Initially created over 25 years ago in Mississippi, releasing predominately blues records, Fat Possum have now re-branded to sign younger indie and punk artists. Although being on the verge of bankruptcy throughout their reign, Fat Possum has managed to tick along with a continuously impressive lineup.15 years ago they released some of legendary Akron rockers, The Black Keys’ best work, Thickfreakness and Rubber Factory. They have since moved on to represent the best of the British scene in the US, signing the likes of Fat White Family and Temples. More recently, Fat Possum have   signed the super group Insecure Men (featuring Saul Adamczewski, Ben Robans-Hopcraft and Sean Lennon) proving that they are still at the height of their game.


                   Third Man

Back in 2001, White Stripes’ frontman (Jack White) purchased a building to store his music gear and thus Third Man Records was born. The Label was initially designed to reissue old White Stripes 45s, and today Third Man still primarily releases on vinyl. As well as representing many well loved artists from Seasick Steve to Neil Young, Third Man are set on re-releasing important tracks in music history. In 2013 Jack White purchased over 25,000 American pre-war blues tracks, and is planning on releasing it for ‘no profit’ on the label Third Man Records.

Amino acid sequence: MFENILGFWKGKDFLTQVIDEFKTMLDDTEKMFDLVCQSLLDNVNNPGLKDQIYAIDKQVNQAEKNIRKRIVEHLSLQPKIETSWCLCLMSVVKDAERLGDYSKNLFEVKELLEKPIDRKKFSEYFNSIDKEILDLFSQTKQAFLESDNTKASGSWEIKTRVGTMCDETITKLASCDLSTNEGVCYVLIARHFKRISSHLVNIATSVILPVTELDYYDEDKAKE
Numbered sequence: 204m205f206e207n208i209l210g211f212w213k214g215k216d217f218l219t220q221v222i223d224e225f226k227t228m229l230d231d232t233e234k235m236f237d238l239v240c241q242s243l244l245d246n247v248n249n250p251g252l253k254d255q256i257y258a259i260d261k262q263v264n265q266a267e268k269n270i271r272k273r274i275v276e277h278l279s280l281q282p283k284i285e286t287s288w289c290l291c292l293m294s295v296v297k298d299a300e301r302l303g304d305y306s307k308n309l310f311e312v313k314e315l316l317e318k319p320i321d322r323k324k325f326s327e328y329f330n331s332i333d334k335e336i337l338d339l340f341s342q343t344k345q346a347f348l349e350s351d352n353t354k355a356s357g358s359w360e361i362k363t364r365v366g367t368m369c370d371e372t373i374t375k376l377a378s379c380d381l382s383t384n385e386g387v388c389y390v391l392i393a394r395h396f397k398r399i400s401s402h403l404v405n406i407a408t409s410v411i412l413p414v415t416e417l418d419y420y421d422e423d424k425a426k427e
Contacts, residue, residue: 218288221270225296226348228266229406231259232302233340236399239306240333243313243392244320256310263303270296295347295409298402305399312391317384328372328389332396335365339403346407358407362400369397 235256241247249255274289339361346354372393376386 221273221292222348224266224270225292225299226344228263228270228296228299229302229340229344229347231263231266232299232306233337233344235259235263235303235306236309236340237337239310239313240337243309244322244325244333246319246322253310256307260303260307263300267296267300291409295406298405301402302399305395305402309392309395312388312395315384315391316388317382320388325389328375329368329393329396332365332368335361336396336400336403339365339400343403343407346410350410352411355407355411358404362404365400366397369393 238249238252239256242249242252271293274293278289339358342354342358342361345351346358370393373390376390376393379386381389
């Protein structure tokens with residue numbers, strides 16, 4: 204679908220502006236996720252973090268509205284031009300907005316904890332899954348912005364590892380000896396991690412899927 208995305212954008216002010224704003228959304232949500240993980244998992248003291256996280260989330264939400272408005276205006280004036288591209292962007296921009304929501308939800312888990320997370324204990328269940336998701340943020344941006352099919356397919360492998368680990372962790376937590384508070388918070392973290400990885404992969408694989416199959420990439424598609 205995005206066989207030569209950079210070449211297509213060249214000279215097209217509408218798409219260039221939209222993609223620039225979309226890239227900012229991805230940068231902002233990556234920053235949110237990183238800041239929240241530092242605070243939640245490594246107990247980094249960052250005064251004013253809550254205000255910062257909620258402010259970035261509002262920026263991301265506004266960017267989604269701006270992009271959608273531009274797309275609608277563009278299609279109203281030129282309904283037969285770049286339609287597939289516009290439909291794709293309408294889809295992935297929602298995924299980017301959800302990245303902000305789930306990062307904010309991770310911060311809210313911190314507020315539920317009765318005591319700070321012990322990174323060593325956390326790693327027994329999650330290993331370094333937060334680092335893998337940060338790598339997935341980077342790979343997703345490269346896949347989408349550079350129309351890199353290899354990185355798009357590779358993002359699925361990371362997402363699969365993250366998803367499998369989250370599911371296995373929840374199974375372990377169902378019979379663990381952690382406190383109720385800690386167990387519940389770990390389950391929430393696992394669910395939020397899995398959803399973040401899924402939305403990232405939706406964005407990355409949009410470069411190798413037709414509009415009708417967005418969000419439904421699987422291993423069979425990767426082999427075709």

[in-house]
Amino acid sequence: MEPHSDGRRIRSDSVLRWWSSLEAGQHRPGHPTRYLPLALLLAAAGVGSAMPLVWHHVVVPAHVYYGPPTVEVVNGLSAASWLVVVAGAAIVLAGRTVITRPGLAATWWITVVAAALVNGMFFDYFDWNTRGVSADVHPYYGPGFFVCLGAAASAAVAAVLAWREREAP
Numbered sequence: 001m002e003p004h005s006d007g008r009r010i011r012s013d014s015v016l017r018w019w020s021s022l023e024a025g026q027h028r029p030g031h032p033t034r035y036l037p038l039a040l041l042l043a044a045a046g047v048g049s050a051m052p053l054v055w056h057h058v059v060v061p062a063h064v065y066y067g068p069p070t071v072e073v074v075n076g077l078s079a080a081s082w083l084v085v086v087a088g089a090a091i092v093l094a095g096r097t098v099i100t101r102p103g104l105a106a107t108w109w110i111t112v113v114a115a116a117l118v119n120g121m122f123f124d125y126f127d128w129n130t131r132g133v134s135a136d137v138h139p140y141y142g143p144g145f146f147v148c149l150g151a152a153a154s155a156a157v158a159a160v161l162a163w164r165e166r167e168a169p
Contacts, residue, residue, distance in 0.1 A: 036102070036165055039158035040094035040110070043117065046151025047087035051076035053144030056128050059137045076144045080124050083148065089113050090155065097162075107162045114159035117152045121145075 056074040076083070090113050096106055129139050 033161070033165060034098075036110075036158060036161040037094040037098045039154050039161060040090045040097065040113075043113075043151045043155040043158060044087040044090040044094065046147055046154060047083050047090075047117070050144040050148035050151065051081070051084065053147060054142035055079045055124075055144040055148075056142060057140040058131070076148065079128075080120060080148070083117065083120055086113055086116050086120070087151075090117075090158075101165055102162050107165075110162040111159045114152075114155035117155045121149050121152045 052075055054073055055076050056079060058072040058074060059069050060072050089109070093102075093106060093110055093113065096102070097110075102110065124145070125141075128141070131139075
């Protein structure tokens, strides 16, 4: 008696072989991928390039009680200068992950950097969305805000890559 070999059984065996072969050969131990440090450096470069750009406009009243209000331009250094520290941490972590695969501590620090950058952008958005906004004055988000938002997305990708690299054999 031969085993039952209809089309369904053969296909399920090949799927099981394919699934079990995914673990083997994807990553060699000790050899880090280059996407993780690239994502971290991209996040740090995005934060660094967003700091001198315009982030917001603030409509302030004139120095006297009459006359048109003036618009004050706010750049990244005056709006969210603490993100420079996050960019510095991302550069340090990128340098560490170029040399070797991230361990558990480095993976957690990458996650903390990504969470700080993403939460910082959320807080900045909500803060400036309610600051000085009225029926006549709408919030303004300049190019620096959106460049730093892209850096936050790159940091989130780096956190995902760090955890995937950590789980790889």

Third Man Records homebase, is the only live venue in the world with direct-to-acetate capabilities (so they can record an analogue master directly). Third man are probably the number one label when it comes to preserving music history.



Another label which revels in preserving music traditions is Burger Records. Founded in 2007, Sean Bohrman and Lee Rickard started by self releasing 7-inch records. After getting hold of a cassette, they soon decided to start pushing the format with their own bands. Over the last 10 years they have become one of the key labels to frequent the format; releasing works from the likes of the Brian Jonestown Massacre, Ty Segall and Fidlar. Recently, they have gone on to host critically acclaimed festivals such as Burgerama and Burger Boogaloo.



Let us know in the comments below if there are any other labels we should consider amongst the best independent labels.